Increased video surveillance spending could be driven by Boston bombings

Still frame from FBI's Boston bombing suspects' video

Still frame from FBI’s Boston bombing suspects’ video

The Boston bombings could fuel a global increase in government spending on video surveillance equipment, according to the information and insight specialists IHS.

A current forecast from IMS Research, now part of IHS, projects that global revenue for video surveillance equipment will increase to $20.5 billion in 2016 – up 114 per cent on the figure from 2010.

According to the current global projection, revenues have grown from $9.6 billion in 2010 and will hit $13.5 billion in 2013. It is predicted to grow steadily over the following years, hitting $15.5 billion in 2014 and $17.8 billion in 2015 before reaching the projected figure for 2016.

The forecast is being updated; however IHS claims previous high-profile terrorism events have resulted in increased government spending on security and, as a result, worldwide sales of video surveillance equipment could further boom as a result of further growth fuelled by the tragic events in Boston.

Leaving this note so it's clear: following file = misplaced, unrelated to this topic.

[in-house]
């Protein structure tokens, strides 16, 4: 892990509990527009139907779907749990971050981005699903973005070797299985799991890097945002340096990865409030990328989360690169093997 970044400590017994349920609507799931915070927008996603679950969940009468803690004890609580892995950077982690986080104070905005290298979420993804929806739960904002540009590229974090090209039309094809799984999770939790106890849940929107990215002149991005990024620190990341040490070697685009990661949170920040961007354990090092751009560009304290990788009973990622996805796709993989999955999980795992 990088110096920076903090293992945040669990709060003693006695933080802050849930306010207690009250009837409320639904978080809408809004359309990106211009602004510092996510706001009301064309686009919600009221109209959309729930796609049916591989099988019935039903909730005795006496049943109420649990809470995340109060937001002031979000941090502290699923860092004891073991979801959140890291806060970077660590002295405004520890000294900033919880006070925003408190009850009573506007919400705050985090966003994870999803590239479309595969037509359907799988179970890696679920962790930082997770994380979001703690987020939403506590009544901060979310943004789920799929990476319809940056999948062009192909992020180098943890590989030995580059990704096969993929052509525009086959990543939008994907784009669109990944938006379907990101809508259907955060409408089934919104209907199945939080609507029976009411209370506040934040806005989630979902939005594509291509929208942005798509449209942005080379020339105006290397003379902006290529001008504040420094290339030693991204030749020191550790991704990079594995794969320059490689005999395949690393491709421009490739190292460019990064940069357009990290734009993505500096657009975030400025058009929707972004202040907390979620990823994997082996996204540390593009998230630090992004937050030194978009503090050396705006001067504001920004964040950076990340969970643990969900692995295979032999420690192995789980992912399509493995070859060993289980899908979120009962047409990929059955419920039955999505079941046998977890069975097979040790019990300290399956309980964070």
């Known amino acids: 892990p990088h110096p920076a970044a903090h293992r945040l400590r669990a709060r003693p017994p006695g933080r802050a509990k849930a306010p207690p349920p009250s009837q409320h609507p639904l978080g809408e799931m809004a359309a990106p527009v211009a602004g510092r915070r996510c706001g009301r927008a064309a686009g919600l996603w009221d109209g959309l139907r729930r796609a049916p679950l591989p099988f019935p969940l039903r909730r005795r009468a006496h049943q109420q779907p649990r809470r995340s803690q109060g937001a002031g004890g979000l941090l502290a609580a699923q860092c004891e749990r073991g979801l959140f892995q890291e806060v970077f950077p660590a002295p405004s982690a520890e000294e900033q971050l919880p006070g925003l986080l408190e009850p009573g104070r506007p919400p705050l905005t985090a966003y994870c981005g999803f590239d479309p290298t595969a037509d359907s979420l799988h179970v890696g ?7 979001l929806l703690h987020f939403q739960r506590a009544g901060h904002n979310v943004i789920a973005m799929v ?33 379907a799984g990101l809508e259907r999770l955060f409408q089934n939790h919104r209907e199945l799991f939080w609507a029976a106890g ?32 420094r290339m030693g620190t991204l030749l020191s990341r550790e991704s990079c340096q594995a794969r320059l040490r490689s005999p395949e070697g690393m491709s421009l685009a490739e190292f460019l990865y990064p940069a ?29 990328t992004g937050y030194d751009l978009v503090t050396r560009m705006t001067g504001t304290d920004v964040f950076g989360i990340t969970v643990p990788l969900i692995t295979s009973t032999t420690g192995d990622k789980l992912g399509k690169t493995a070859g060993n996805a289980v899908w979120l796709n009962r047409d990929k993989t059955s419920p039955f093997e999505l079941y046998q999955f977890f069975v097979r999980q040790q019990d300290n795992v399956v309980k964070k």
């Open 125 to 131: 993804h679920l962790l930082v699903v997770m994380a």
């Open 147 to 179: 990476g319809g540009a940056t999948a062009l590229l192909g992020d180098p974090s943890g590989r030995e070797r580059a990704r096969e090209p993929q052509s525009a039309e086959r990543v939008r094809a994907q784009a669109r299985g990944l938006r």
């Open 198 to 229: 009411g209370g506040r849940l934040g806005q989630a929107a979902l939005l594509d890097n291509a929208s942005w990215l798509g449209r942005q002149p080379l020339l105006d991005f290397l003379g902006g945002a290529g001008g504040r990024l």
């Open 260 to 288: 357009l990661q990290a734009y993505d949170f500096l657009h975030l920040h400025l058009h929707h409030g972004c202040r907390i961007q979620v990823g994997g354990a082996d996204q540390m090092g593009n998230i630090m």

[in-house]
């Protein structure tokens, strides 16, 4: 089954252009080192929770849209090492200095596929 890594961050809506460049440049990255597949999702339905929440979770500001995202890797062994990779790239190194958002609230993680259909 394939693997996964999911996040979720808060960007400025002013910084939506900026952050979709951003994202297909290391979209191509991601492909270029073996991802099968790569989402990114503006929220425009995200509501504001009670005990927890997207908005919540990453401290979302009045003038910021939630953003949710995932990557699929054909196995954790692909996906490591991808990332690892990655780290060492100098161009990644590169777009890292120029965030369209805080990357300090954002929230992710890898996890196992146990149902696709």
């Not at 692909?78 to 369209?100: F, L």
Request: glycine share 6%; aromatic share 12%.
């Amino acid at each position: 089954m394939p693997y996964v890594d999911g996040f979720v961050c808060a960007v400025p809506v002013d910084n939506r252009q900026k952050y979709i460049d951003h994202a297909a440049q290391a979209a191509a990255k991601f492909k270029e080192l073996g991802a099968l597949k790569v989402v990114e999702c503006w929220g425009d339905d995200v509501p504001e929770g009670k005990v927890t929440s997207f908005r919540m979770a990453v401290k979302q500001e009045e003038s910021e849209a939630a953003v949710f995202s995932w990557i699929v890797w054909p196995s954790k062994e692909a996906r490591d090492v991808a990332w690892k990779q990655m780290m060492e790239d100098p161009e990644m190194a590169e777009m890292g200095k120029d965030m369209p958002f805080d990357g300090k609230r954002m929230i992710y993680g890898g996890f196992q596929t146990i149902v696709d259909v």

Paul Everett, senior manager for video surveillance at IHS, said: “The growth outlook of the video surveillance industry is subject to significant variances.

“This is because the market is dependent upon the vagaries of several intertwined factors that are difficult or impossible to predict, including economic conditions, government spending and notorious terrorism incidents.

“While it’s too early to tell exactly what impact the Boston bombing will have, past events – like 9/11 and the London Underground bombings – have led to increased government spending on video surveillance for public spaces, particularly in the transport sector.”

Three people were killed – two women and an eight-year-old boy – and more than 170 others injured after two bomb blasts near the finish line of the Boston Marathon on Monday April 15.

Brothers Dzhokhar and Tamerlan Tsarnaev are suspected of being behind the bombings. Tamerlan, 26, died during a shootout with the police and his 19-year-old brother Dzhokhar was captured and is being held in a prison at Fort Devens US army base in Massachusetts.

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